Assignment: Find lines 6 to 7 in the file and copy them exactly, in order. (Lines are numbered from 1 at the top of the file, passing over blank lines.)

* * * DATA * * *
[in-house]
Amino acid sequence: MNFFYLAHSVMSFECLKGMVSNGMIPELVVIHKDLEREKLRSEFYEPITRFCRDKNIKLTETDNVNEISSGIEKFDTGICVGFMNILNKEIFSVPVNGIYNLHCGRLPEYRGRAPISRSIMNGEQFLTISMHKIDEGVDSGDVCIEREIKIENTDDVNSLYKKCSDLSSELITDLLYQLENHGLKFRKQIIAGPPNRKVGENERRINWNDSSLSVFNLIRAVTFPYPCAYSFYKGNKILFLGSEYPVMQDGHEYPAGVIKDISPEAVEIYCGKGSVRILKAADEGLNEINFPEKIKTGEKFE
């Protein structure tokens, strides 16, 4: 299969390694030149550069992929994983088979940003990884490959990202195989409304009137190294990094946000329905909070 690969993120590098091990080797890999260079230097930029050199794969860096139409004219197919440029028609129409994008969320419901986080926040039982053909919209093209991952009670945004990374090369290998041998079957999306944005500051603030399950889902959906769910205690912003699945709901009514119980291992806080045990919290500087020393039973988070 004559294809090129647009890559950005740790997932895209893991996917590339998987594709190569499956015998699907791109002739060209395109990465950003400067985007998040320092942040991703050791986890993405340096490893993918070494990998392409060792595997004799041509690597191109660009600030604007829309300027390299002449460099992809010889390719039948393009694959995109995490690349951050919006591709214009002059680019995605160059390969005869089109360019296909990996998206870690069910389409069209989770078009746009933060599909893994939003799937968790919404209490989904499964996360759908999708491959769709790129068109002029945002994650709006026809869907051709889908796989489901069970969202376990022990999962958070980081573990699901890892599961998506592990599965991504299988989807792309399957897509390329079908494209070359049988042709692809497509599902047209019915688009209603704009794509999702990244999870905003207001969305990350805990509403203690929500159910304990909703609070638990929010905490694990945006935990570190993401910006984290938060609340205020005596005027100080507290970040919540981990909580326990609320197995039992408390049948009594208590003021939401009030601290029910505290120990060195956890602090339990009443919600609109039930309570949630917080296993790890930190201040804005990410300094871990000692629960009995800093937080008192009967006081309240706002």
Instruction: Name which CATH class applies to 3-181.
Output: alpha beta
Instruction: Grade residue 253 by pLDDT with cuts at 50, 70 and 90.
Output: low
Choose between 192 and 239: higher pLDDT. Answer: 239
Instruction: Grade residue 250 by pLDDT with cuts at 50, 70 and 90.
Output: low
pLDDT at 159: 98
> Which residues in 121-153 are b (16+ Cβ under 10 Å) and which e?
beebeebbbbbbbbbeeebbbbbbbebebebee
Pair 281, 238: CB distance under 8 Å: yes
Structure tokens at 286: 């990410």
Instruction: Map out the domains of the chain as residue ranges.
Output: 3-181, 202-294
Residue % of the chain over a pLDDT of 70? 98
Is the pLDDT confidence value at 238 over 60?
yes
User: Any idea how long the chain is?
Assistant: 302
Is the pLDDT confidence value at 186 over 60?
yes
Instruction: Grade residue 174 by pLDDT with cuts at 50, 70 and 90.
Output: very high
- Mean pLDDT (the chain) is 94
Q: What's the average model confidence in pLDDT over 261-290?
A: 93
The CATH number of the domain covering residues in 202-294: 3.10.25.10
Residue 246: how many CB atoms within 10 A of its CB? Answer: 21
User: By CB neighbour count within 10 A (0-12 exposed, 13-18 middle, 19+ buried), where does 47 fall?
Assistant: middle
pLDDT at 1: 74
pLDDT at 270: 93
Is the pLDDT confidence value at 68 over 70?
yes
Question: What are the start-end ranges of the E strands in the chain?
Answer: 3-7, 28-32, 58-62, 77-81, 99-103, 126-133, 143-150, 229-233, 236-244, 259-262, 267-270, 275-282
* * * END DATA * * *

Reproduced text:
Instruction: Grade residue 253 by pLDDT with cuts at 50, 70 and 90.
Output: low